Back in November, sports legend Magic Johnson commemorated the 30th anniversary of going public in 1991 to reveal that he’d contracted HIV and would be retiring from the NBA just before entering his 12th season in the league.
That moment turned Johnson into one of the biggest HIV/AIDS awareness advocates and helped debunk the myth that it was a “gay disease.” His bravery however didn’t stop the crude jokes from coming in, many at the time delivered by way of veteran shock jock Howard Stern.
The five-time NBA Champion is now reflecting on the moment he met Stern face-to-face during his short-lived talk show, The Magic Hour, which looking back is cringeworthy to watch, specifically parts where Stern criticizes Magic for talking like a “white man” and joking that he enjoyed contracting AIDS.
The July 1998 interview on The Magic Hour (seen above) seemed to be done with consent from both sides, but Johnson recently told Variety that he almost came to blows with the controversial radio icon. “I wanted to say something and hit him at the same time — on air,” Magic told Variety, going on to add, “I was mad when they booked him, but there’s nothing you can do. When people look for ratings, this is what happens.” He ultimately used the interaction as a learning lesson to never become a sacrificial lamb for ratings by stating, “I’ve never put myself — or HIV and AIDS, or my race — in that position again, ever again.”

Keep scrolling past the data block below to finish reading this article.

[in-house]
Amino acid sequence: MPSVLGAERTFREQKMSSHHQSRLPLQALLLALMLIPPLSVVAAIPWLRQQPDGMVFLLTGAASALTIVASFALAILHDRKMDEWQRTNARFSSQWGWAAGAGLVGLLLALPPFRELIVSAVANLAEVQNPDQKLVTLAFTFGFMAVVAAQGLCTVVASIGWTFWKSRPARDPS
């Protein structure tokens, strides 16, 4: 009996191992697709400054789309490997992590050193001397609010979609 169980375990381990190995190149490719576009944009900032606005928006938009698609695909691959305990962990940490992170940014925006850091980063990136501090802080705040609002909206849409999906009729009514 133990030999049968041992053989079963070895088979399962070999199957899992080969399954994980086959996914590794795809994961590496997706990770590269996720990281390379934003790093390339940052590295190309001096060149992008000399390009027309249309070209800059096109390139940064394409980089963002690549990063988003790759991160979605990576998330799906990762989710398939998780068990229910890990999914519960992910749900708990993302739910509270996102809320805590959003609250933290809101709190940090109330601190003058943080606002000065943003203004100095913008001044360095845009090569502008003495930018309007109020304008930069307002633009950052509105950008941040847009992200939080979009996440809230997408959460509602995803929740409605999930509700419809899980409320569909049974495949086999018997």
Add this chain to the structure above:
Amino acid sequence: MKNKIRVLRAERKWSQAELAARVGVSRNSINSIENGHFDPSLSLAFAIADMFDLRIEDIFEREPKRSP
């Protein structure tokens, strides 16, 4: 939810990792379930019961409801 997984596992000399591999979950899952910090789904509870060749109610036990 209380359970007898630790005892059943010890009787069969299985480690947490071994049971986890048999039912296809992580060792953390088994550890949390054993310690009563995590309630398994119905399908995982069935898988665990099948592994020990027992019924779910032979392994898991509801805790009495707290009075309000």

For those who’d rather not sit through the entire 42-minute episode, some of the more offensive highlights included Stern referring to Johnson as “my brotha” before telling him to “talk Ebonics all you want.” Stern then goes on claiming to be “the Blackest Black man you’ll ever meet” for growing up in “a Black ghetto” of Roosevelt, Long Island, afterwards proceeding to ask Johnson whether he likes “white chicks, “Black chicks” or “sex with everybody” before flat-out saying “at least you had fun getting AIDS.”
Although it’s clear by his current mainstream success that Howard Stern has never really had to answer for any of his off-color remarks throughout the ’90s, we’re glad Magic Johnson used the moment to become a better person overall.
You’ll be able to learn more about Magic Johnson’s groundbreaking life story when They Call Me Magic premieres on Apple TV Plus beginning April 22.
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